Also, human zygotes, embryos, and fetuses have rights too. Though perhaps the only right that they can properly be said to have would be the right to life. They do not have the right to freedom since the fetus is unable to exercise any real free choice, at least not prior to personhood. They also do not have the right to ownership, especially since everything in their immediate environment is already owned by their mother, including the basic means of their survival, the umbilical cord and placenta. Though as it develops into a nervous system having fetus, then the organism does gain personhood and thus all the rights of personhood. Yet prior to that stage of development the fetus only possesses the right to life. Which means that it has a basic right not to be killed so long as it poses no threat or danger to anyone else.
Yet in the case where the fetus does pose a risk to the health of its mother, who is a person, then its right to life is forfeit. This must also be clear when you consider that a fetus’ right to life, even without a direct threat to the mother’s health, conflicts with the mothers right to freedom and with the mother’s right to ownership. You see the fetus does not, and will not, automatically develop into a healthy little infant unless the mother actively chooses, exercising her right to freedom and her right to ownership, to take care of her body in such a way as to provide a healthy environment for the fetus. The fetus is an utterly dependent being, and as such it cannot actually have the right to freedom until it becomes a viable person. This should be obvious when we consider that a person must be able to make deliberate choices, and a being which exists in a state of complete and utter dependency on another being is not capable of actually making choices. So only at the point where the fetus is capable of surviving outside of its mother does it really become a person. Prior to that a fetus may certainly possess the right to life, but if this right in any way threatens the mother’s rights to freedom or ownership then the fetus is also threatening the mother and is thus forfeiting its right to life.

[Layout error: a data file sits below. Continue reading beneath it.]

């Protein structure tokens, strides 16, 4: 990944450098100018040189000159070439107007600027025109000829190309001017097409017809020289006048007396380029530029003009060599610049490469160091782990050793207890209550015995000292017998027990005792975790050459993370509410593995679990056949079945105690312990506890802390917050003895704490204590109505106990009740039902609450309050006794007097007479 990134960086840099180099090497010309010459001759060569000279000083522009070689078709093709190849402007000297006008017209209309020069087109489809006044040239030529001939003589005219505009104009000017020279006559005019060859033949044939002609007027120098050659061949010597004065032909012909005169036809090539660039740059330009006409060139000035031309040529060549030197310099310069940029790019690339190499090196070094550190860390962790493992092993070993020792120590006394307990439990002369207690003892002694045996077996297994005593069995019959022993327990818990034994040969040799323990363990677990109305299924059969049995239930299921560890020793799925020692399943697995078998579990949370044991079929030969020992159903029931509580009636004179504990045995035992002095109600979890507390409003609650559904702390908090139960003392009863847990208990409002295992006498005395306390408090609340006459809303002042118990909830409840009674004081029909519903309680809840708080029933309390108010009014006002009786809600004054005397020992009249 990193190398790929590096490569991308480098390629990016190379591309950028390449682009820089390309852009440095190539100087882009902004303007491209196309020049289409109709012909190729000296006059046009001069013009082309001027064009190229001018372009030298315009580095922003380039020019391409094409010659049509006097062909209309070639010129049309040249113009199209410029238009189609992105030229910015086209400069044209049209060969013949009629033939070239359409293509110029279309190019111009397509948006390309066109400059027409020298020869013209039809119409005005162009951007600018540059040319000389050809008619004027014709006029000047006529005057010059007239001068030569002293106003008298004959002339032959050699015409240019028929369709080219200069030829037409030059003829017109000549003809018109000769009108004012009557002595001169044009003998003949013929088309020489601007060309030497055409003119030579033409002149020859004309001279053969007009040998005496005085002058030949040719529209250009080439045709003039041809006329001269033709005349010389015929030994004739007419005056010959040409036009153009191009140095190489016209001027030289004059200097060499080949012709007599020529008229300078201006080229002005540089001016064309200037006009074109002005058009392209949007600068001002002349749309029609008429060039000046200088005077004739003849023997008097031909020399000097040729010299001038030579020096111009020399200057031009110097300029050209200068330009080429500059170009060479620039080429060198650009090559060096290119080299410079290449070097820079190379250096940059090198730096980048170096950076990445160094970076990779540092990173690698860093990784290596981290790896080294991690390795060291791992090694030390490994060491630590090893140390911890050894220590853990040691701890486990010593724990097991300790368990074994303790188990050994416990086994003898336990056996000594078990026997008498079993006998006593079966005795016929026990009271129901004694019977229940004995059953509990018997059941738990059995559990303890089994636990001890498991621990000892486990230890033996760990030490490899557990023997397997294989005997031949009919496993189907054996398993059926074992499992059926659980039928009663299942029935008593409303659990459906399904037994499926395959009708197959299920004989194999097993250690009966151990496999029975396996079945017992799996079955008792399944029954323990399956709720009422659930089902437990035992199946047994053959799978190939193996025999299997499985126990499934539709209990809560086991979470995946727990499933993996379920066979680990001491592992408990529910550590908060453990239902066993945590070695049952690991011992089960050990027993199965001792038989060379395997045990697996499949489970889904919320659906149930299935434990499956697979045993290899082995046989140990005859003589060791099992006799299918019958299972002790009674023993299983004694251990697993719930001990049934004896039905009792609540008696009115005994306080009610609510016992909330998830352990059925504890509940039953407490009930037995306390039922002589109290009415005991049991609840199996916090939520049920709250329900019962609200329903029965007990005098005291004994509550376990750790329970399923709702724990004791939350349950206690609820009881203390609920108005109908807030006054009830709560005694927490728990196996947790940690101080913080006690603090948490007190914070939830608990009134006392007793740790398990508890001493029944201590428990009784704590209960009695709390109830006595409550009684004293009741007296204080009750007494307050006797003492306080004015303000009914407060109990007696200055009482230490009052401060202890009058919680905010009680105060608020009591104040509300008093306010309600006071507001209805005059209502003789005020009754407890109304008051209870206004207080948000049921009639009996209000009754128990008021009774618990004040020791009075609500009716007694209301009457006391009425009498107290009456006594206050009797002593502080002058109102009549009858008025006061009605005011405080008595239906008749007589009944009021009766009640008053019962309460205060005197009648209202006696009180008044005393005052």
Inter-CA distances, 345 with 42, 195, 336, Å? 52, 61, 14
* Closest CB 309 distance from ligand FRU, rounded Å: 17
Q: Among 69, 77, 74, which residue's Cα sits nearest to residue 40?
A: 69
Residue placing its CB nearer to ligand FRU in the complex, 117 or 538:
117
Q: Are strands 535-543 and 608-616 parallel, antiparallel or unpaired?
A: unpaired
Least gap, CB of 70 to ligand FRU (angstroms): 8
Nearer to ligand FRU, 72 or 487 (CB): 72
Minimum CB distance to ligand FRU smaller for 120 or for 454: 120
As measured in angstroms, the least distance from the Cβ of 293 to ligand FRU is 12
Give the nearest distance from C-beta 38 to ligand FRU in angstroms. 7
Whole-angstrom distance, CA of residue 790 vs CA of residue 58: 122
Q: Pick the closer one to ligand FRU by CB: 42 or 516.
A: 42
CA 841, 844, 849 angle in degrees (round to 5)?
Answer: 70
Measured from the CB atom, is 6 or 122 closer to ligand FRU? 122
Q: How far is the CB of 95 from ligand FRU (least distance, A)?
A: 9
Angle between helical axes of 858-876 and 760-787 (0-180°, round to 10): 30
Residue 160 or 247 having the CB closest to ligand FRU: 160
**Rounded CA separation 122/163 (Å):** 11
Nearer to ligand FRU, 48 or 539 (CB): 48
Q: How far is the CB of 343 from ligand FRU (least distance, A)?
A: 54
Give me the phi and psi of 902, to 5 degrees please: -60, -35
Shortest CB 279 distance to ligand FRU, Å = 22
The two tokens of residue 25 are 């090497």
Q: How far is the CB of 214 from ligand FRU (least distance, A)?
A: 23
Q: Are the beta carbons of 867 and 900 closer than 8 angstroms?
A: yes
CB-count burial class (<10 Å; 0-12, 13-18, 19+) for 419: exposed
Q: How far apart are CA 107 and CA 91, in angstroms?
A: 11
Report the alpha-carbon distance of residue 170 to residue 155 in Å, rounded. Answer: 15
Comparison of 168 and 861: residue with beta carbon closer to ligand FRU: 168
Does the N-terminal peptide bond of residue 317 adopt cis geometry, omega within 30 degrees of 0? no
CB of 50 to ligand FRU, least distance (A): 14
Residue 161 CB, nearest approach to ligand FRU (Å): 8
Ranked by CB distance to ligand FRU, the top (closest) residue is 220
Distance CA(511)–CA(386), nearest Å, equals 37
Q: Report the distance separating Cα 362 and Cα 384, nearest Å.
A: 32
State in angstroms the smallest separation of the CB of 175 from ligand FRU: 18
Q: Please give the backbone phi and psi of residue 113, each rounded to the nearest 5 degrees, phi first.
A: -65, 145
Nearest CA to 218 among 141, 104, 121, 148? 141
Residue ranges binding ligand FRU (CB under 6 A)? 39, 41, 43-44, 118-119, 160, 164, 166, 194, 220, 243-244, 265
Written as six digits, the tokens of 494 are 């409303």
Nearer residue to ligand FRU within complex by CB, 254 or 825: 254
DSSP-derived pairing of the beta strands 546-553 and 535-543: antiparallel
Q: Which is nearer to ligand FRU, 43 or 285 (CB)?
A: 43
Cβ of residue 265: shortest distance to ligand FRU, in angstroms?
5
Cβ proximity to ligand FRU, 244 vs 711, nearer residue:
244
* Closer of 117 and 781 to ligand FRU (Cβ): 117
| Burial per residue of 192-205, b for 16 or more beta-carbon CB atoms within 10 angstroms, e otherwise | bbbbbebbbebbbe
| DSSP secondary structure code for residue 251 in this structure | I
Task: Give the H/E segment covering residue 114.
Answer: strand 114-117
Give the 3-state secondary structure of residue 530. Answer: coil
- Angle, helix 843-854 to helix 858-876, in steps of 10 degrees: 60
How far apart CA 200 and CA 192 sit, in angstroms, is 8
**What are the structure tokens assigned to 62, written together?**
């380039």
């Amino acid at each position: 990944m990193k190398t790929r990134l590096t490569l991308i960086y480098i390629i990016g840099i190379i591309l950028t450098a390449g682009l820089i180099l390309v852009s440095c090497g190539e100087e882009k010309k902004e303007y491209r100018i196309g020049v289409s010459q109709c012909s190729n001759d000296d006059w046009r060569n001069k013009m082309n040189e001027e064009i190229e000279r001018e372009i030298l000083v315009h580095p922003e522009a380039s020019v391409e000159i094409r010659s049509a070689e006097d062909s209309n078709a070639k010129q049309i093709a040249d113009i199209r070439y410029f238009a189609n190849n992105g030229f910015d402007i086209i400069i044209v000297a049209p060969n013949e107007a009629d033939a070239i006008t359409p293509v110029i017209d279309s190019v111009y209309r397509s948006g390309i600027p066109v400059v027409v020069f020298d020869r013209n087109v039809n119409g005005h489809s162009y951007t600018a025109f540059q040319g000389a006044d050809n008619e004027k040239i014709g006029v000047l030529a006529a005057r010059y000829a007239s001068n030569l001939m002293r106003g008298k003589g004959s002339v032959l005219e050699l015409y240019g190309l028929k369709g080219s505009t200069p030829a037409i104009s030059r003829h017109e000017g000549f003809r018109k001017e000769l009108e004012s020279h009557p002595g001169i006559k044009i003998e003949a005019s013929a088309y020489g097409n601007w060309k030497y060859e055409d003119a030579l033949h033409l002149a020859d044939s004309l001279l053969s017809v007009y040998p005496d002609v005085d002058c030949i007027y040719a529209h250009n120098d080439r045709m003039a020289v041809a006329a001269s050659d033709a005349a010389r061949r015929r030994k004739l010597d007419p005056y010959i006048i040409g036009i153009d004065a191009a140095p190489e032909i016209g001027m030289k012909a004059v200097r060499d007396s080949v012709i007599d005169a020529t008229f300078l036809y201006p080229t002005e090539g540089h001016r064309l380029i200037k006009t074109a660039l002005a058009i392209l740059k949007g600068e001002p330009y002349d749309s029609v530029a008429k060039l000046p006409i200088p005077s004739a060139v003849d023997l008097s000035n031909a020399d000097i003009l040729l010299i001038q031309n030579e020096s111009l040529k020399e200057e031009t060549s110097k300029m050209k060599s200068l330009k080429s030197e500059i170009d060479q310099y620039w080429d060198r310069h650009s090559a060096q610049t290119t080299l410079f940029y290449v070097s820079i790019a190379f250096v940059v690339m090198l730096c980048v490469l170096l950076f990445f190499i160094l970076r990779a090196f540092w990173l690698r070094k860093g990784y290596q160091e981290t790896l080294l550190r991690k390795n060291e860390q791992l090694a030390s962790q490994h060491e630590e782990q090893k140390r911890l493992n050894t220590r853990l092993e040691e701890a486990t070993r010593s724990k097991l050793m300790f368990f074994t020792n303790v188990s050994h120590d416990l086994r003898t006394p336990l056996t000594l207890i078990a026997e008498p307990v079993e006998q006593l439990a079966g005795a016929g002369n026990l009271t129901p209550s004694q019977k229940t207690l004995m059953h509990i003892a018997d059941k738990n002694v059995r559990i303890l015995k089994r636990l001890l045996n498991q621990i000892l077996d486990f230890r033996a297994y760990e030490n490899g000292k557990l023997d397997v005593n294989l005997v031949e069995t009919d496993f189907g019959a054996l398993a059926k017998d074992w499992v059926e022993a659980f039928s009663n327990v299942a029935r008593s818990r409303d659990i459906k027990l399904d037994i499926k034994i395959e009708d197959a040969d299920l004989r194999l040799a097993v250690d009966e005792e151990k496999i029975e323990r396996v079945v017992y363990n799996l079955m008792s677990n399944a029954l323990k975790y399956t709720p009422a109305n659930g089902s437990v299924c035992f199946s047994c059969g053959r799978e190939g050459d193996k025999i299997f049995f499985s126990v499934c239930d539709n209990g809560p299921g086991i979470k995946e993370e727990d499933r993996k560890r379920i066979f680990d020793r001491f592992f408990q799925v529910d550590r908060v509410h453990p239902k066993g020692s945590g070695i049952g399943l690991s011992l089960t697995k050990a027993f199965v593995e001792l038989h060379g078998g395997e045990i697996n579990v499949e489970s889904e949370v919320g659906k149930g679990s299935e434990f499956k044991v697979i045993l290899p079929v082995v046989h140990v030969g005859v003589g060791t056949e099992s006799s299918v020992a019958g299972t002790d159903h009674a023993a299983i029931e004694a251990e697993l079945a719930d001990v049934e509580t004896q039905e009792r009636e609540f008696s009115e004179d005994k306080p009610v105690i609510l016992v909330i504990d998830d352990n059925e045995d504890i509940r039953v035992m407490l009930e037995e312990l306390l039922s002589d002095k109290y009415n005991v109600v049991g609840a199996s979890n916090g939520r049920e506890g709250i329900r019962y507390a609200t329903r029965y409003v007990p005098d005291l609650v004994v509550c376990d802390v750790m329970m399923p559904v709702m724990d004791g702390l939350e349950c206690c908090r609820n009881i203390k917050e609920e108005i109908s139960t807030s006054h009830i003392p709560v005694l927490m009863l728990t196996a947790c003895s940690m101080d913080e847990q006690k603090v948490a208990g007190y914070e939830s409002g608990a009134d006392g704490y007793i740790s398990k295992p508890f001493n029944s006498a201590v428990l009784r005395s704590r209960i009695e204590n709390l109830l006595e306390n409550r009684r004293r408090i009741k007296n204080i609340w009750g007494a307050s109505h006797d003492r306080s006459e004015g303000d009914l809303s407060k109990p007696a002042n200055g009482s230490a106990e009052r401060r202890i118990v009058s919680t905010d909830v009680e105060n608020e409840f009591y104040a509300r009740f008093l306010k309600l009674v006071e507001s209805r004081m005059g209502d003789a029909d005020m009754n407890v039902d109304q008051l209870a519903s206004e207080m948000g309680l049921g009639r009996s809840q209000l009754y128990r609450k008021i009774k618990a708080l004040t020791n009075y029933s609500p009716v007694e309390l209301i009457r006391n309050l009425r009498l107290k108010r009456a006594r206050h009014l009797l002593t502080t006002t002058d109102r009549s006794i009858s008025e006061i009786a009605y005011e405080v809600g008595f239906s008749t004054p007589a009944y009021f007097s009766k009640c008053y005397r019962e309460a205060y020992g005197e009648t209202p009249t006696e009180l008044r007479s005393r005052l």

But if the mother chooses, because she is a person, to suspend her rights to freedom and her rights to certain kinds of ownership, and to provide for the existence of a fetus, then no rights are being violated. The mother must make an active choice, and must remake this choice all the time, to provide for the health, safety, and survival of the fetus which remains an utterly dependent being till the age of viability. Around 22-26 weeks a fetus is capable of surviving if removed from the uterus of its mother. It should be stressed, however, that its odds of survival at this stage are incredibly low, and it will require constant medical care and attention for the next few months. The age of viability is really just the minimum age at which, thanks to advances in medical science, we can extract a fetus from a woman and put it in a NICU with even the slightest hope that it can survive. The survivability rate apparently goes up to 85% after 26 weeks, but even then a newborn infant is going to be subject to all manner of health problems. The bottom line is that a fetus is simply not a person, nor is it even a particularly healthy animal. The rights of the mother must always come before the rights of the fetus since the fetus is completely dependent on its mother.